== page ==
spice bar

Jun 7, 2013

What’s that you’re eating?

Or, why we keep showing you photos of boiling pots

Hot pot 1Hot pot 2Hot pot 3Hot pot 4Hot pot 5Hot pot 6Hot pot 7Hot pot 8Hot pot 9

“Yeah, that’s not hot pot, that’s 串串,” people would correct us when early on we would go around talking about our favorite meal on sticks. “Whatever,” we would think, “It’s hot, and it’s in a pot. That’s hot pot.” But now, almost two years into our Chinese journey, we’re finally catching on to the subtleties of Sichuan cooking.

There are 33 distinct Chinese terms for cutting, according to our Sichuanese food guru Fuchsia Dunlop and 63 shapes into which food can be cut. And that’s just the specificities of prep work. When you scale it up, a pot of 豆花火锅 (tofu soup) is an entirely different thing than 串串 and neither of them are what people mean when they’re talking about traditional Sichuan 火锅。Hot soup isn’t just one thing, it’s a whole genre.

The traditional style 火锅 is a spicy broth that the table shares, with platters of beautifully cut meats and vegetables to dump into that broth. Distinguished from it’s poorer cousin 串串 by the quality and price of everything. And, of course, the sticks.

But, what else could be different? Well, everything: Is there one communal pot, or does everyone get their own? What’s the base of the broth? How spicy is the broth? What goes in the soup, ingredient-wise? What goes in the soup, spice-wise? Does the soup come fully prepared, or do you order ingredients a la carte? What’s the quality of meat that comes with the meal? Are we talking fish, chicken, beef, sheep or what? How are the vegetables sliced? Are there any vegetables? What goes in your spice bowl that accompanies the meal? Do they have a spice bar?!

There’s a meal for all spice levels, and there’s a meal for all price levels. A night out at 串串 usually sets us back about about US$8 (including beers). A recent adventure at a fancier beef hot pot place came to about US$30 (again, including beers), which is a major splurge for us. For reference, that kind of money can buy two bus tickets to Chongqing.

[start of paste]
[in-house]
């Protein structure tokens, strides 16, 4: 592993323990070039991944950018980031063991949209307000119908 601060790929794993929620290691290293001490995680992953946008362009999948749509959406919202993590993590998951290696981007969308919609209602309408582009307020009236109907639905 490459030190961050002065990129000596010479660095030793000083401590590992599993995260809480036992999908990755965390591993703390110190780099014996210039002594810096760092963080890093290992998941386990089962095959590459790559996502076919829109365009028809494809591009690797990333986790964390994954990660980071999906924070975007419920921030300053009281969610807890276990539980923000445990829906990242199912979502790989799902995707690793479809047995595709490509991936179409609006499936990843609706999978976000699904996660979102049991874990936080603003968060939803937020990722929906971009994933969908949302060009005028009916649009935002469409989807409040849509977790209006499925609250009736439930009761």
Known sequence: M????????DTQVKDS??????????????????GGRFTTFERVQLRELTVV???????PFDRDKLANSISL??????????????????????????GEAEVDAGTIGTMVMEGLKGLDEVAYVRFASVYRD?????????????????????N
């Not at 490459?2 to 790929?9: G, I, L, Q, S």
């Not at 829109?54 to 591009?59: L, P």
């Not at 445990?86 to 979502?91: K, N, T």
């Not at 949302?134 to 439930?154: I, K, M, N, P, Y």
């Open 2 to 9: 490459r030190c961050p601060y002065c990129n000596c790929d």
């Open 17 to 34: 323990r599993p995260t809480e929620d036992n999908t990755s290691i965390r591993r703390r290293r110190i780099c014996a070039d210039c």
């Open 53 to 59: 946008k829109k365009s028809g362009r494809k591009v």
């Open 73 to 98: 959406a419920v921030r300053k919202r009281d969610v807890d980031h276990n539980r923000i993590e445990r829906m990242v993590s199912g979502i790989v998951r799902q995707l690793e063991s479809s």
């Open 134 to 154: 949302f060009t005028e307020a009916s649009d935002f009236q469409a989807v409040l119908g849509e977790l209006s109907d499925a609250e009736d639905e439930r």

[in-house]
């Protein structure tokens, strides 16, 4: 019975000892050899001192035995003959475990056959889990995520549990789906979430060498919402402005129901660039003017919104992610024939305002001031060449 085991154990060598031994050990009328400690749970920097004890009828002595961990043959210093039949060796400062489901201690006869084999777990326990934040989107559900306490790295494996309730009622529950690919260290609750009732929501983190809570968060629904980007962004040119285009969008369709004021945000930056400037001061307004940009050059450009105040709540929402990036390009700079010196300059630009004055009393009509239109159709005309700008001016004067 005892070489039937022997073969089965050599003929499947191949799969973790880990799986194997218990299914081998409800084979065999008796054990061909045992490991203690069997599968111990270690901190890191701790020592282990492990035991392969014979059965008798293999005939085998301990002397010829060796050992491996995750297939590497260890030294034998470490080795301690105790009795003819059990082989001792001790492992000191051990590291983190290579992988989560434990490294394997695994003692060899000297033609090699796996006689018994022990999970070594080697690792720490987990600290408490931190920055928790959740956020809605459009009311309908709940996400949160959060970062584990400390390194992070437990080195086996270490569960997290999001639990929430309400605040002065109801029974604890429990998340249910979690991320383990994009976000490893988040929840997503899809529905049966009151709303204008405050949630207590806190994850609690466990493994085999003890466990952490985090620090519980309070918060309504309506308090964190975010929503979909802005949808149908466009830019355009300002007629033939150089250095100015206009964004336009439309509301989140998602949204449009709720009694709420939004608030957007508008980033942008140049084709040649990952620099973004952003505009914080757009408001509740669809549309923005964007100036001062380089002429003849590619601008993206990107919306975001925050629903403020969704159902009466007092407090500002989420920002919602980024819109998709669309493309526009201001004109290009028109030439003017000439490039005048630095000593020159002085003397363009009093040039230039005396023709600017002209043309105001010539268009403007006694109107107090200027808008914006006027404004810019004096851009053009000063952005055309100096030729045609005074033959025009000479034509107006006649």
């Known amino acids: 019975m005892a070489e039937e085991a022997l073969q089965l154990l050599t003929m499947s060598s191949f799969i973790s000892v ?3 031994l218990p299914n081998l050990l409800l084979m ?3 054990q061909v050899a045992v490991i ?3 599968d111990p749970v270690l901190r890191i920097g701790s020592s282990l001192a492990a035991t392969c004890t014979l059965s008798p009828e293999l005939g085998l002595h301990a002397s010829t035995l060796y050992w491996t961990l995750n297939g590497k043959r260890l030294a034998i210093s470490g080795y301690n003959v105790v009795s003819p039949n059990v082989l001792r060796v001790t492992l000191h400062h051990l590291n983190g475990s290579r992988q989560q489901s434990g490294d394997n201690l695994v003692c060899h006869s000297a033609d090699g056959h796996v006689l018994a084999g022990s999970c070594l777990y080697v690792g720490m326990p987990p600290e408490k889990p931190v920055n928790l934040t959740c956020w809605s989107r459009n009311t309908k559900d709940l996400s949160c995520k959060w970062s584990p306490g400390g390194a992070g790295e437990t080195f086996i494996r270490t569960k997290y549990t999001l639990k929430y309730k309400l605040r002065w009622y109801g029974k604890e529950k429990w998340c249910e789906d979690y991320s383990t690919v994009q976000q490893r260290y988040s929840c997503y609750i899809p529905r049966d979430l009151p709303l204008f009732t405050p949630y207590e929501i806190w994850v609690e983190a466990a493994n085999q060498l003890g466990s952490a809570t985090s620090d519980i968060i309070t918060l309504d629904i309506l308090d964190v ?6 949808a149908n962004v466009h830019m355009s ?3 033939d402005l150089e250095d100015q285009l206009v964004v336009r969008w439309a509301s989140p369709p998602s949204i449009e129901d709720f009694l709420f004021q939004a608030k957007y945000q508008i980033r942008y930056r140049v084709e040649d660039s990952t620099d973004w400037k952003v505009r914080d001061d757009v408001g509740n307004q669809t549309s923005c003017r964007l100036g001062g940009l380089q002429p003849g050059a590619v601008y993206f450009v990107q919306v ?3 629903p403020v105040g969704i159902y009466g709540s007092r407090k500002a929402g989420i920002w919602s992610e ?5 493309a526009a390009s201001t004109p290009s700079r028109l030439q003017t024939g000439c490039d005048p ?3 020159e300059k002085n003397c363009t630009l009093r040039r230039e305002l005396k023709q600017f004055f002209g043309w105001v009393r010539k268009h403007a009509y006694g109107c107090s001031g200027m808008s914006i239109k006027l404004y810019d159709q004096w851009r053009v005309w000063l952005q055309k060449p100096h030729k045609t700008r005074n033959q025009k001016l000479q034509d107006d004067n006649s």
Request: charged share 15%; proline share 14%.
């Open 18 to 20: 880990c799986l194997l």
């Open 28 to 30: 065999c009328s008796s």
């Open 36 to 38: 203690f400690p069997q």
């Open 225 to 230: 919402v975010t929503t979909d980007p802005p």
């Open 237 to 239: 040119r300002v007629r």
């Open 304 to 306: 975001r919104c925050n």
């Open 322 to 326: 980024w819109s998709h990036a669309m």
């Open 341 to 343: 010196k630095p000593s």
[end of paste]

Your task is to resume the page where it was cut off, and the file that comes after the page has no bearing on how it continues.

Speaking of which, start all over from the beginning in Chongqing, because they have a completely different flavor profile there. Chongqing spice is much sharper, more in your face as opposed to the creeping numbness of the Sichuan peppercorn, and just more … red. It’s a little hard to describe. But we were very proud when upon revisiting a 串串 chain that we had read was based out of Chongqing and could definitely taste the regional flavor. Which, upgrade us from Brand Newbie to Not Completely Lost!

May 18, 2013

Friday in China

May 10, 2013 • 2013年 05月 10日

Can you spot Uncle Foreigner?

Fridays, we teach Juniors, and it’s Peter’s earliest day. His first class is second period, 8:40am. For me, it’s my sleep-in day; my first class isn’t until third period, 9:30am.

The kids today are more rambunctious than usual. Opening class with “How are you?” gets me answers of “Unhappy!” and “Terrible!” Their parents are coming in for school conferences.

I hear more about it at lunchtime. Peter is taking a nap and I am done for the day, so I walk down the hill with my student, Amy. She is wearing a shirt that says, “We are all greedy bitches.” I know that she knows what the word “bitch” means, because she keeps calling her history teacher one. “I know what the rules are! I never break them,” she complains to me, her voice quivering with the rage of the unjustly wronged. And yet, her history teacher yells at her a lot, and will presumably give a bad report to Amy’s mother and father. Amy is also worried what her parents will think about the 0 she got on her math exam. “I don’t like math,” she says in defence. She did, however, get a 95 in English.

After we say goodbye, I go up to the track. On my second lap, a Senior 3 student, Zhang Rae, joins me. We try to run together every week, and he’ll practice his English on me. He tells me he really liked the movie “Silence of the Lambs.”